Suddenly his servant, Sancho Panza, climbs hurriedly through the window. In pursuit are several angry women from the market from whom he has stolen bread and a chicken. Awakened by the commotion, Don Quixote sends the women away. Don Quixote tells Sancho that he is determined to seek adventures as a knight-errant, all the while searching for his beloved Dulcinea. He shows him the pasteboard helmet, which, with one sweep from his sword, becomes a shapeless mass on the floor. Antonina suggests that he should use a shaving basin instead, which would make a splendid helmet. Don Quixote enthusiastically agrees and, placing it on his head, orders Sancho to bring him his armour, sword and spear, and to make ready his horse, Rocinante.
A market-place in Barcelona
Kitri, an inn-keeper's daughter, steals out of her house to meet her beloved, the barber Basilio. Her father, Lorenzo, sees the lovers and sends Basilio away, bringing Kitri to tears. Now comes the rich nobleman Gamache, who, likewise in love with Kitri, goes to Lorenzo and asks for his daughter's hand. The innkeeper accepts with delight but Kitri, appalled at the thought of wedding the foppish nobleman, runs away.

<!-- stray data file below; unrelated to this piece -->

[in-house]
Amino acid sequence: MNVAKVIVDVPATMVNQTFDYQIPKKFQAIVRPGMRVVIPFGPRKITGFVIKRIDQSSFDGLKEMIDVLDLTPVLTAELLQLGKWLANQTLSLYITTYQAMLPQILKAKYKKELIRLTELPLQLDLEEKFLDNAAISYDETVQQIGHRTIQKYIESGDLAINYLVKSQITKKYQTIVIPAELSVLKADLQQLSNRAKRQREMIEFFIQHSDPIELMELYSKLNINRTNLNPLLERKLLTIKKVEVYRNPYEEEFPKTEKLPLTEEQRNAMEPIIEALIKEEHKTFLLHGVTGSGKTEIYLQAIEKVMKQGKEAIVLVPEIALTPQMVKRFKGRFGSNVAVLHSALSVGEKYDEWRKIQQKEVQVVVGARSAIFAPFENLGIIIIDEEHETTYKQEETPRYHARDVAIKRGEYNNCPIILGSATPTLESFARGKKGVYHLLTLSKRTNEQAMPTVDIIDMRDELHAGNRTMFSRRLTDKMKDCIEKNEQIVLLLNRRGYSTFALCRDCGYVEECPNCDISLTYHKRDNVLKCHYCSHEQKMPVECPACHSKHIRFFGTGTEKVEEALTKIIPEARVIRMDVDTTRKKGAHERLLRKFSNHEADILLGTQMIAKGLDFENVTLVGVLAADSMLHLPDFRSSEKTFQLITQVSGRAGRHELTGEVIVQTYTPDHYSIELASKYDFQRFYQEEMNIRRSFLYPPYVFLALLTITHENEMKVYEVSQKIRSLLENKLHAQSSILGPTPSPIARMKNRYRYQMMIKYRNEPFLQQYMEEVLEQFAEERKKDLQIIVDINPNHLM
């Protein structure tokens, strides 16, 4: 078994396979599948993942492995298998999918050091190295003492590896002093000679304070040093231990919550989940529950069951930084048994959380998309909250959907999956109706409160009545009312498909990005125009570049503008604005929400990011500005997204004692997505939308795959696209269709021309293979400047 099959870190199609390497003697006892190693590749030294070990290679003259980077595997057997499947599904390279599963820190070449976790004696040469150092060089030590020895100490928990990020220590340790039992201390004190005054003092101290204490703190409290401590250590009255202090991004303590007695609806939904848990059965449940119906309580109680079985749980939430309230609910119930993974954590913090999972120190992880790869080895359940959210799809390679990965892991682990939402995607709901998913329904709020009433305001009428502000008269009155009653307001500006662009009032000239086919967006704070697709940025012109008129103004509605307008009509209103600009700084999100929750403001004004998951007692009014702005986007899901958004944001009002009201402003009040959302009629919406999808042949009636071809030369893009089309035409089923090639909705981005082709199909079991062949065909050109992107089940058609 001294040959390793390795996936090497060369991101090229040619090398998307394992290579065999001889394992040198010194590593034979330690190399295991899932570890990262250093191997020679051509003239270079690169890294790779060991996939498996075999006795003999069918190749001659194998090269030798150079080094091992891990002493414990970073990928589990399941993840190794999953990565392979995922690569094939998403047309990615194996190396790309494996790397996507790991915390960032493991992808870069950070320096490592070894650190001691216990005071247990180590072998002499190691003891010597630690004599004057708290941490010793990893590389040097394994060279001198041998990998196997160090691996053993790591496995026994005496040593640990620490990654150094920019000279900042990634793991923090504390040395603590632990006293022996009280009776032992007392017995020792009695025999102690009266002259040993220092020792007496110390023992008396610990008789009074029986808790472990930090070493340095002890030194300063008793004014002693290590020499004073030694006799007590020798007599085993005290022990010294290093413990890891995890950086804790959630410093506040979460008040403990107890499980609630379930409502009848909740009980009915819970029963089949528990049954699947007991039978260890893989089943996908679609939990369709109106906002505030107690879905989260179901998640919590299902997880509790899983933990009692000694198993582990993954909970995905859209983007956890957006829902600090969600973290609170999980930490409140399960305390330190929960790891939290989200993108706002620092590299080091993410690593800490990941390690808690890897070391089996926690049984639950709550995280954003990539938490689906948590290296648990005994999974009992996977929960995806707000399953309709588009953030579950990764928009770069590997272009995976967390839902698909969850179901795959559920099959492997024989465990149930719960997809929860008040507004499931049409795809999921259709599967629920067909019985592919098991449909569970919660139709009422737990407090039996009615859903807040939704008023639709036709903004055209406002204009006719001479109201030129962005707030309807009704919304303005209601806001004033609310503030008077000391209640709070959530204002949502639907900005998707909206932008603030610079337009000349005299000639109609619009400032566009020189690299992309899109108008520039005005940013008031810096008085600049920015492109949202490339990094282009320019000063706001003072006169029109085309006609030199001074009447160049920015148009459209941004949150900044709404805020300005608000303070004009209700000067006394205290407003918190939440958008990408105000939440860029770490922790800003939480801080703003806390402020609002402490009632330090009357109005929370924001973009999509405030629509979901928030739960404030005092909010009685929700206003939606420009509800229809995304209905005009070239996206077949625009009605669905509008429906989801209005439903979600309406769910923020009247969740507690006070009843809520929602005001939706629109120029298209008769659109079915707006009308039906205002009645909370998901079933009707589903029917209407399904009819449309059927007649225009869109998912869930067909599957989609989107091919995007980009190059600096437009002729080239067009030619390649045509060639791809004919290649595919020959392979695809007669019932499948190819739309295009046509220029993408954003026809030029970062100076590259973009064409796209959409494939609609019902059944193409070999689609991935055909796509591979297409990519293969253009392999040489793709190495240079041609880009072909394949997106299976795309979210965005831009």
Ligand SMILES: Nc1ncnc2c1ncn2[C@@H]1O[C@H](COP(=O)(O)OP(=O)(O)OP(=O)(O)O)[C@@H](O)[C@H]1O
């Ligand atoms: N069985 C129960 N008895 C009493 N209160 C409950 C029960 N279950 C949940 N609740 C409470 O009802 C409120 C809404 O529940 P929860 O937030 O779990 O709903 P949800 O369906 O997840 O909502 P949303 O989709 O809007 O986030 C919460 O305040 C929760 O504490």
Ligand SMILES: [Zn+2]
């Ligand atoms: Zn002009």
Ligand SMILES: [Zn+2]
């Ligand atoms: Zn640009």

Dancing begins in the square and some toreadors try to kidnap the girls they fancy, but their relatives and lovers hasten to their aid. At this moment Don Quixote arrives mounted on Rocinante, followed by Sancho, who is riding a donkey. At his master's command Sancho sounds his rusted horn, causing the townspeople to cover their ears. Lorenzo runs out of his inn, and Don Quixote, taking him for the lord of a famous castle, dismounts Rocinante and, falling to his knees, begs to be allowed to serve him. Charmed, Lorenzo invites the knight to sit on his balcony. Sancho remains in the square where he is surrounded by girls who induce him to take part in a game of blind man's bluff. Then some boys bring in a blanket on which they place Sancho and proceed to toss him into the air. Don Quixote hurries to his assistance and sets him free.